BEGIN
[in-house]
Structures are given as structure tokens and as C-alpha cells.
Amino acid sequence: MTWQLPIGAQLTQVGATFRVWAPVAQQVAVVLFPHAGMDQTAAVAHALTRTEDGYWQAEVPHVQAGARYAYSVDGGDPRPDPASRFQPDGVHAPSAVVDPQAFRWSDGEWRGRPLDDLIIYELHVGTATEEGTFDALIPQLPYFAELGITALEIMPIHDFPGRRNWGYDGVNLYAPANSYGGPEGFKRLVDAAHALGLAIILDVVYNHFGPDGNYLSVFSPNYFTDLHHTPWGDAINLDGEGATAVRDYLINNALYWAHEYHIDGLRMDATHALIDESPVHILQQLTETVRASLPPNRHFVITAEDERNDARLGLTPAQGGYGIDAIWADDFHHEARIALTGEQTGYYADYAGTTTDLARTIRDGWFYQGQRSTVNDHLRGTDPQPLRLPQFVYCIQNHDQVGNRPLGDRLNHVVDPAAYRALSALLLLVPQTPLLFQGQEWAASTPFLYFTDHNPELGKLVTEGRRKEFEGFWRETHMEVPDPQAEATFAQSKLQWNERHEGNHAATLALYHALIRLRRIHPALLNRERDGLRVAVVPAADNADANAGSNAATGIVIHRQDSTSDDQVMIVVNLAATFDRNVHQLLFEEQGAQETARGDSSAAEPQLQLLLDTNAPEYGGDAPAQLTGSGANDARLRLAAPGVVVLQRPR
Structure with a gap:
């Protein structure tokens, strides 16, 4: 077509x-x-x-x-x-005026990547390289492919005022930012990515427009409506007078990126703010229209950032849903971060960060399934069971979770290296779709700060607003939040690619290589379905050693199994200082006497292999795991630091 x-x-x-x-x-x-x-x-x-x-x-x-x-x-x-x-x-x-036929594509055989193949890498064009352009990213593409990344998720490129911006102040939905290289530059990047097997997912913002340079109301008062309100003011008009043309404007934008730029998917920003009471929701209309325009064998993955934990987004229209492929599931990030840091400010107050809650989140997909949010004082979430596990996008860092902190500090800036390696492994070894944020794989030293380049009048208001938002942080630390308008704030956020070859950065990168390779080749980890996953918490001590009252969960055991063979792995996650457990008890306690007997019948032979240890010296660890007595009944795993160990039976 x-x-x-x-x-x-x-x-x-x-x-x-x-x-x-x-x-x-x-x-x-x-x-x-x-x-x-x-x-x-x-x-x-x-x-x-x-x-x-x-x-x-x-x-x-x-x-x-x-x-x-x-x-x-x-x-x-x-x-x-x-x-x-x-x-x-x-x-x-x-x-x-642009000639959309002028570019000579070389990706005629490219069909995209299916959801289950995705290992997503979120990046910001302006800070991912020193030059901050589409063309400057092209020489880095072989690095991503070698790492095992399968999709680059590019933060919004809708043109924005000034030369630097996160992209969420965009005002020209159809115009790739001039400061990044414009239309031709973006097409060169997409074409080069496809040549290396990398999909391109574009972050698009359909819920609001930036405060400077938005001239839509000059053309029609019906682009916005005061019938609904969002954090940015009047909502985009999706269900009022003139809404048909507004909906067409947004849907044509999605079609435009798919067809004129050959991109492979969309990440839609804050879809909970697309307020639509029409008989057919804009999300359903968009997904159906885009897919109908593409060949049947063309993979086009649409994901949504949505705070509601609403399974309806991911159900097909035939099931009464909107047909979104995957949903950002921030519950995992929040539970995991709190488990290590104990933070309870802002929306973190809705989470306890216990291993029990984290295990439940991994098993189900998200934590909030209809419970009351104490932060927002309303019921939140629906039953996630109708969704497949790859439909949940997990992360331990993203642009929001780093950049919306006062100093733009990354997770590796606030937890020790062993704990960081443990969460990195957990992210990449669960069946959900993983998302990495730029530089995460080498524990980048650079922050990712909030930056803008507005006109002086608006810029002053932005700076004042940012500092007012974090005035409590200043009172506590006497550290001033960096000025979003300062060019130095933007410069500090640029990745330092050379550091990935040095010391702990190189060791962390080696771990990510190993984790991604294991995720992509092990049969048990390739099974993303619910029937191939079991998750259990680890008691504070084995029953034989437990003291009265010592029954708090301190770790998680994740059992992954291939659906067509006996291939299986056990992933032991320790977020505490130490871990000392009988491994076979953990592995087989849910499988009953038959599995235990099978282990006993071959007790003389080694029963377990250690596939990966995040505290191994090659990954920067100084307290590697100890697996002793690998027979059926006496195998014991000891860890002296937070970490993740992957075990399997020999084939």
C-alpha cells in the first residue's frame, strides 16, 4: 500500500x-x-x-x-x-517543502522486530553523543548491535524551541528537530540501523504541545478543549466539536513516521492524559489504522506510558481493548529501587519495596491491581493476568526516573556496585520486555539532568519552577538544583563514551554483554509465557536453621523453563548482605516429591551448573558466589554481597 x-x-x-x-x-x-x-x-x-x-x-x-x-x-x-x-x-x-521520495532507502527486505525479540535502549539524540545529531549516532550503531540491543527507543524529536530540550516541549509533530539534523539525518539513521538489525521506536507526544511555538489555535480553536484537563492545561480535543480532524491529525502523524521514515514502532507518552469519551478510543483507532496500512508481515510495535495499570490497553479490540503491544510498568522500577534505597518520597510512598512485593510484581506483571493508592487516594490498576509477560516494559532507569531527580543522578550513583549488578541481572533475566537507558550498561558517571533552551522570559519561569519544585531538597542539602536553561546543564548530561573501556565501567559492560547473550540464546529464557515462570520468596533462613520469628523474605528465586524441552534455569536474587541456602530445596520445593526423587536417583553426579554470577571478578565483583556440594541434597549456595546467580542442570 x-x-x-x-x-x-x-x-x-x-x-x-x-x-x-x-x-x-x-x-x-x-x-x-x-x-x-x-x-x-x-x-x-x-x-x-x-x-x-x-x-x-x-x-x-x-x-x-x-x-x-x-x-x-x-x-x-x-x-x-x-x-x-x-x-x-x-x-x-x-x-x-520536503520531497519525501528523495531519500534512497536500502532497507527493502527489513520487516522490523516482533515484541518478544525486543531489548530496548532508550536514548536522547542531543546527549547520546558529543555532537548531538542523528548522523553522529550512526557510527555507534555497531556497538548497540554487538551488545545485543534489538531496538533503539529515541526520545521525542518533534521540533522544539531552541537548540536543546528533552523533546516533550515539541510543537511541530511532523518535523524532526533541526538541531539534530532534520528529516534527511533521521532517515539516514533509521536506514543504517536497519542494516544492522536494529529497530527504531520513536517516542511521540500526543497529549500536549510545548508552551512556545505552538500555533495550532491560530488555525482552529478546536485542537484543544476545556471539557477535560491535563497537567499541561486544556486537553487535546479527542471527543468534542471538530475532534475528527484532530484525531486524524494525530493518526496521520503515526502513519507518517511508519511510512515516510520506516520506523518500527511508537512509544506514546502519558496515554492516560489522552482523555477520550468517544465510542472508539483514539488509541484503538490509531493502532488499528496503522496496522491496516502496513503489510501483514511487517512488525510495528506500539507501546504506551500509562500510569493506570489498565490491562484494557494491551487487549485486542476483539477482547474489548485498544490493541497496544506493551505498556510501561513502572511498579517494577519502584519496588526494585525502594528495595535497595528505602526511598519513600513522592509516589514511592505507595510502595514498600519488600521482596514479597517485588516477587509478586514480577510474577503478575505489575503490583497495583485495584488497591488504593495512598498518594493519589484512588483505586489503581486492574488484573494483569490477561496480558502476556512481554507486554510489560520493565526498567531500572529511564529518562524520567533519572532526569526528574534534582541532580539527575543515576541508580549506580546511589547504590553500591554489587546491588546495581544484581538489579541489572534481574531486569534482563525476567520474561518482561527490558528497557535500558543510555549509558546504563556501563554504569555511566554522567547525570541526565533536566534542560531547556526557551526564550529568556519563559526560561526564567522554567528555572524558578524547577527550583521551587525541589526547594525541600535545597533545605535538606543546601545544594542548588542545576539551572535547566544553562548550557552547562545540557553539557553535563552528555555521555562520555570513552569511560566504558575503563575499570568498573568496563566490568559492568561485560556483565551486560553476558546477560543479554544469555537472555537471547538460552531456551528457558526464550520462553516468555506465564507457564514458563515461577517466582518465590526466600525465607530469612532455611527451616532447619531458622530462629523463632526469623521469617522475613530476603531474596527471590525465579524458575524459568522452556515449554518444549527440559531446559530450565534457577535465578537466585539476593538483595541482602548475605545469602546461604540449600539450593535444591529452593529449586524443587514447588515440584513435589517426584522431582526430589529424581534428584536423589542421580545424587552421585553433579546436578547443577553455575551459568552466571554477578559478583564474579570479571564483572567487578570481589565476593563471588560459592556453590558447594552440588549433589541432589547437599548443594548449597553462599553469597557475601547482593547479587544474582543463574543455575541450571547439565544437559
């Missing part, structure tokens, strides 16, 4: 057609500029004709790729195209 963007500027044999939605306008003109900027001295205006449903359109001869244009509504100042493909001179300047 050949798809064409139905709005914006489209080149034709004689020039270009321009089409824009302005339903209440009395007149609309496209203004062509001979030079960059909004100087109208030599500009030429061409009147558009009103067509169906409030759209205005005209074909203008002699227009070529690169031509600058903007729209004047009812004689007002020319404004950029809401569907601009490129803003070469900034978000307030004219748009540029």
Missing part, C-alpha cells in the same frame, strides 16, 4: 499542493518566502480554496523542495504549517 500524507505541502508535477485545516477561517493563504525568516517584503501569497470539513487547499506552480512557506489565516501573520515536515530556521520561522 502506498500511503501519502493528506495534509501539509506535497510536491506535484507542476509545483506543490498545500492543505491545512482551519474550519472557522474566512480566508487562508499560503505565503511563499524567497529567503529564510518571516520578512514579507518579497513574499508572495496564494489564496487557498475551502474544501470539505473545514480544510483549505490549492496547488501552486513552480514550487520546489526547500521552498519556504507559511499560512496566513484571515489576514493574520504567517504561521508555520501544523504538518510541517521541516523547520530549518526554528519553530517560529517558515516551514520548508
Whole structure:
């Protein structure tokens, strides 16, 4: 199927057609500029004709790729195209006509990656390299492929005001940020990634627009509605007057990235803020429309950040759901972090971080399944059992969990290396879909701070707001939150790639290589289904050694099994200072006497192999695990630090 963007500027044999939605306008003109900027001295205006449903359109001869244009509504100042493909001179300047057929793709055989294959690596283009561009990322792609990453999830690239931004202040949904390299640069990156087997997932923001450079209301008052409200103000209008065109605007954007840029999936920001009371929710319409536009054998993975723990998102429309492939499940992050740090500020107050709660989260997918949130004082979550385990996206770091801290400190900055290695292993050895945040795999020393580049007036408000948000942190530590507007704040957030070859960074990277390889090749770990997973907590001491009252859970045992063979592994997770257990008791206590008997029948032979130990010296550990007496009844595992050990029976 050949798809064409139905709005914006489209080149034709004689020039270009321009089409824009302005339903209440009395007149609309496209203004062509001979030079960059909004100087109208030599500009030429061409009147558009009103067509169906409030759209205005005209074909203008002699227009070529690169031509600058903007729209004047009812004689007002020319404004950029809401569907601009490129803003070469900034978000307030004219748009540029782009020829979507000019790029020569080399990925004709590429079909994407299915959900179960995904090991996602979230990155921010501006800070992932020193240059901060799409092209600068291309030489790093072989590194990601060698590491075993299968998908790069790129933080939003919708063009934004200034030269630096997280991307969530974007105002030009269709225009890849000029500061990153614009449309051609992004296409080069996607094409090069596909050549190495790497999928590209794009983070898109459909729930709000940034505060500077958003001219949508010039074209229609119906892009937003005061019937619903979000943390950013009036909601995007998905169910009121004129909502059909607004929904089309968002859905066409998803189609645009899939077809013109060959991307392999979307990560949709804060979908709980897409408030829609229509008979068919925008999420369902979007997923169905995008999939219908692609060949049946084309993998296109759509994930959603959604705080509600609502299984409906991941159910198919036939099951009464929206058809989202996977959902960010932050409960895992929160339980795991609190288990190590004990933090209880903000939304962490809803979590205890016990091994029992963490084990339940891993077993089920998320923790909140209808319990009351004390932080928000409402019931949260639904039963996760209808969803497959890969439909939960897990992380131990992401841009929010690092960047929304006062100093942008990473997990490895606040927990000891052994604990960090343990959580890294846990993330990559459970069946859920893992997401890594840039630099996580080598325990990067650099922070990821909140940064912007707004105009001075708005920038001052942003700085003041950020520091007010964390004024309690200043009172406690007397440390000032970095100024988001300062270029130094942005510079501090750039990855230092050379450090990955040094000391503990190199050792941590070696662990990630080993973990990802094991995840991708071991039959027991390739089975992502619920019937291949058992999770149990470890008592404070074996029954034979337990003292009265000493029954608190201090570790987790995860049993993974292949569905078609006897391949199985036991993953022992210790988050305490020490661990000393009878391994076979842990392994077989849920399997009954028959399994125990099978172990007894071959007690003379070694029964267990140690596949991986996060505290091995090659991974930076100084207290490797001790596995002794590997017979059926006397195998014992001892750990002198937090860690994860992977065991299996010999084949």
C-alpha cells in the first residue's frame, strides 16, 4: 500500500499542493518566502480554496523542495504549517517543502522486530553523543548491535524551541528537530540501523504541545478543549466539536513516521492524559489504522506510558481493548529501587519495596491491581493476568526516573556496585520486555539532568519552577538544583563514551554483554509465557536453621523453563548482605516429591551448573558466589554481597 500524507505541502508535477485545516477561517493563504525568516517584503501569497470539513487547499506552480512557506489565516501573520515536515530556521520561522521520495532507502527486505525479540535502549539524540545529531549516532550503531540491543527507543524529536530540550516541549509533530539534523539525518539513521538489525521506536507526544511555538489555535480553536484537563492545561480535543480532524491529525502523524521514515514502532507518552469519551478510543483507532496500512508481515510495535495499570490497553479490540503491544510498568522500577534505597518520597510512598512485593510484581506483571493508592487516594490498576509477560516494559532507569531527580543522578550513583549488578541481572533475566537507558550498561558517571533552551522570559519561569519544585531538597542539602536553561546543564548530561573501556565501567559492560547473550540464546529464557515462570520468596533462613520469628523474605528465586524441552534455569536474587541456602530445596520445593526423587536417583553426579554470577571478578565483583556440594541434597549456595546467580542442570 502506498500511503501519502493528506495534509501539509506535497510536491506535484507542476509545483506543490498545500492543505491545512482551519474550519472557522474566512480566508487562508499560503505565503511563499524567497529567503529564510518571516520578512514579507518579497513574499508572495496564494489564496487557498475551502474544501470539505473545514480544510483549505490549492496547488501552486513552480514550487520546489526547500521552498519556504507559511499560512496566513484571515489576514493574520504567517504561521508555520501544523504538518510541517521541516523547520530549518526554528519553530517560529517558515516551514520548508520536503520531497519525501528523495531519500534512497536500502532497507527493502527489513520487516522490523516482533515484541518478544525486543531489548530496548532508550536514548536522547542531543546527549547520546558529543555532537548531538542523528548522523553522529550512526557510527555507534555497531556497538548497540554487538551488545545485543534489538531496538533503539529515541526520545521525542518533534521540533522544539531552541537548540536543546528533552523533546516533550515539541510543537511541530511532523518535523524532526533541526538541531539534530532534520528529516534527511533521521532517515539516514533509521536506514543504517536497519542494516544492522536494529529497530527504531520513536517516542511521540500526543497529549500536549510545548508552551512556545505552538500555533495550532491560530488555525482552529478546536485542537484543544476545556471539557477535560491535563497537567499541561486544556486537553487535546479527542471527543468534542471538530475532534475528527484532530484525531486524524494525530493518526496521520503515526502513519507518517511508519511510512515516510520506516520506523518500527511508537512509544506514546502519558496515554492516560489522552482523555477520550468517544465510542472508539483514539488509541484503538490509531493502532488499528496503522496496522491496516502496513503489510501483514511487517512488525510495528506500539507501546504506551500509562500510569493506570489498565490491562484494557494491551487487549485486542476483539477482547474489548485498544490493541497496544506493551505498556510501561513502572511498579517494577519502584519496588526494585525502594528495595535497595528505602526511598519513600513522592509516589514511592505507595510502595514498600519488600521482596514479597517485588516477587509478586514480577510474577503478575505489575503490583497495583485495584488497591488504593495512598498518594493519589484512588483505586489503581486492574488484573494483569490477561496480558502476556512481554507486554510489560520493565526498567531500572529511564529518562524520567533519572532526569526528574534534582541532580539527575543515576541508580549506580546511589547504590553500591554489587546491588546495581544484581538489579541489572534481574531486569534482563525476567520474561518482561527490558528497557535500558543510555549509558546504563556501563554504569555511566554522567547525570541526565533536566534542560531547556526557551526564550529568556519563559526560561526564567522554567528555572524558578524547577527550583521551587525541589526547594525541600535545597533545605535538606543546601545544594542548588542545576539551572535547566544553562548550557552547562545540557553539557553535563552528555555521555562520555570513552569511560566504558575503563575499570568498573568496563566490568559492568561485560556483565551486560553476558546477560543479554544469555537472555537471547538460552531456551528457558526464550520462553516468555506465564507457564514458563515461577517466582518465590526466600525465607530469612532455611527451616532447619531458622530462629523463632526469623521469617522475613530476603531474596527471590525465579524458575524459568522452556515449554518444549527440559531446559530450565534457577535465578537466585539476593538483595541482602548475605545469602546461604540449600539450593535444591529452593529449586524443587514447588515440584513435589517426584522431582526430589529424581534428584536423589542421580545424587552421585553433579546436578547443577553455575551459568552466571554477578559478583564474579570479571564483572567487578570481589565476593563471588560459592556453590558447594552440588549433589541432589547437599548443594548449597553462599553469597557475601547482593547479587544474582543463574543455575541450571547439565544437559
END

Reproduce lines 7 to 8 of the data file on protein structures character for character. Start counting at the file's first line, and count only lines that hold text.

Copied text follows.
């Missing part, structure tokens, strides 16, 4: 057609500029004709790729195209 963007500027044999939605306008003109900027001295205006449903359109001869244009509504100042493909001179300047 050949798809064409139905709005914006489209080149034709004689020039270009321009089409824009302005339903209440009395007149609309496209203004062509001979030079960059909004100087109208030599500009030429061409009147558009009103067509169906409030759209205005005209074909203008002699227009070529690169031509600058903007729209004047009812004689007002020319404004950029809401569907601009490129803003070469900034978000307030004219748009540029």
Missing part, C-alpha cells in the same frame, strides 16, 4: 499542493518566502480554496523542495504549517 500524507505541502508535477485545516477561517493563504525568516517584503501569497470539513487547499506552480512557506489565516501573520515536515530556521520561522 502506498500511503501519502493528506495534509501539509506535497510536491506535484507542476509545483506543490498545500492543505491545512482551519474550519472557522474566512480566508487562508499560503505565503511563499524567497529567503529564510518571516520578512514579507518579497513574499508572495496564494489564496487557498475551502474544501470539505473545514480544510483549505490549492496547488501552486513552480514550487520546489526547500521552498519556504507559511499560512496566513484571515489576514493574520504567517504561521508555520501544523504538518510541517521541516523547520530549518526554528519553530517560529517558515516551514520548508